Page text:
Local birders witness Sandhill Crane phenomenon
Fargo, ND (WDAY TV) - Some local birders with Audubon Dakota just returned from a trip of a lifetime - a chance to travel to one of the world's great wildlife phenomenon.
Each spring, a half-million Sandhill Cranes make a stop in Central Nebraska.
"This has been going on for a million years."
Longtime Crane Researcher Gary Krapu has been studying Sandhill Cranes for decades.
From Siberia all the way to this Crane Mecca....the Platte River of South Central Nebraska.
Dr. Gary Krapu/Crane Reasearcher: "The birds will fly a thousand miles from the direct route just to stop in the Platte River Valley."
Because the Sandhills are here, together, just briefly. A half million cranes in three weeks, some of Audubon North Dakota supporters and volunteers traveled to Nebraska to see one of nature's great migratory wonders.
The Sandhills on the Platte.
Craig Cline/Traveled to Platte: "Could not wait to get down there to see what Gary had seen all these years."
Before sunrise they all walked to their blinds. As the sun began to rise, so did the orchestra of a Midwest Jewel. The central flyway's gift at spring.
Rachel Dahlen/Traveled to Platte River: "You don't know what you are experiencing until you are standing there. You are surrounded, immersed in it. And it was very moving...almost on a spiritual level."
Audubon has 2,500 acres - 5 miles along the Platte, where members and the public can watch the sandhills come spring.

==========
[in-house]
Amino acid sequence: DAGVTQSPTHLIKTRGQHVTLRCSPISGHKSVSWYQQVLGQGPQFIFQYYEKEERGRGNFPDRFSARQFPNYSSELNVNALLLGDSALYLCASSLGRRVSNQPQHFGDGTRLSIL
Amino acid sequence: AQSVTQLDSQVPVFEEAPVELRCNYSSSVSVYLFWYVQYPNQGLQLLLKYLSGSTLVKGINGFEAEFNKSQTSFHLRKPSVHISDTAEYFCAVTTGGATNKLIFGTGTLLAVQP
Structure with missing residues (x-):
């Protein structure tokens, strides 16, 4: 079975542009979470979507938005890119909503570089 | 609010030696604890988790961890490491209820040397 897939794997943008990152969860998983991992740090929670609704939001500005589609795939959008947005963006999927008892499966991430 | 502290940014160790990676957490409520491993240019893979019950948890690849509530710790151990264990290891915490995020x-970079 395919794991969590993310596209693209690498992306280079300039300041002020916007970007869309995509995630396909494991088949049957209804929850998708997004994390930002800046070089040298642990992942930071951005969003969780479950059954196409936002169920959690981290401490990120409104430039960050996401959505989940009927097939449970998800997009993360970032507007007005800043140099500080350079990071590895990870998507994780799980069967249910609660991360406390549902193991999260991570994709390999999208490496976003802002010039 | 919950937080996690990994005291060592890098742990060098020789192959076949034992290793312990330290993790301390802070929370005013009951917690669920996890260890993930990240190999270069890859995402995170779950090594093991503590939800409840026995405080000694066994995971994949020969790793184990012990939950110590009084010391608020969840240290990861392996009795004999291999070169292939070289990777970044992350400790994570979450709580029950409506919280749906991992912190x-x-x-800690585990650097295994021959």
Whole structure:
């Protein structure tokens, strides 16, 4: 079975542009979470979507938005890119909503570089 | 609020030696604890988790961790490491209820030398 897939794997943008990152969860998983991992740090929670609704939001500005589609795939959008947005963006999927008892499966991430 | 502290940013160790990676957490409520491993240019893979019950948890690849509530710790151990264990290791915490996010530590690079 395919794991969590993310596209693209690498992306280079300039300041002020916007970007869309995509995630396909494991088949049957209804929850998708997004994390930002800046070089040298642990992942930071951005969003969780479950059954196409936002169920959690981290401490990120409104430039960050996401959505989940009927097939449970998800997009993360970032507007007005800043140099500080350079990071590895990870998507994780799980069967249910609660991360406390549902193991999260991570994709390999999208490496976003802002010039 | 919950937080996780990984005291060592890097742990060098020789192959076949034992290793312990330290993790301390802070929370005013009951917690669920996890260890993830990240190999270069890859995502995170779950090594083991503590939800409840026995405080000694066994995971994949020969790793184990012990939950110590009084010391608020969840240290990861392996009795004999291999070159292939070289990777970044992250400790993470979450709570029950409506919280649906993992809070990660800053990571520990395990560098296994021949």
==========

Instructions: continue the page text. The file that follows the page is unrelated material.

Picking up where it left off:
In that area, there are 20-thousand squares per mile. 500-thousand cranes on the Central Platte. Largest crane population by far, in the world.
It is one of those things in nature, that makes you feel, like we always feel like we are so important and this makes you feel a little bit smaller and now you know you are a part of this.
They are coming from wintering in Texas and New Mexico. And after their stop here in Nebraska, it is on to North Dakota and Minnesota.
Marshall Johnson/Audubon Dakota Exec. Director: "You see how valuable how habitat is and how important the relationship is between Audubon, and the farmers and ranchers to the area, to the conservation of these birds."
This symphony of Sandhills. A crecendo of calls that has echoed for a million years, here.
The Minnesota DNR has started allowing Sandhill Crane Hunting.
Several conservation groups in the state have opposed the hunts.
The population of Sandhills crashed in the early 1900's.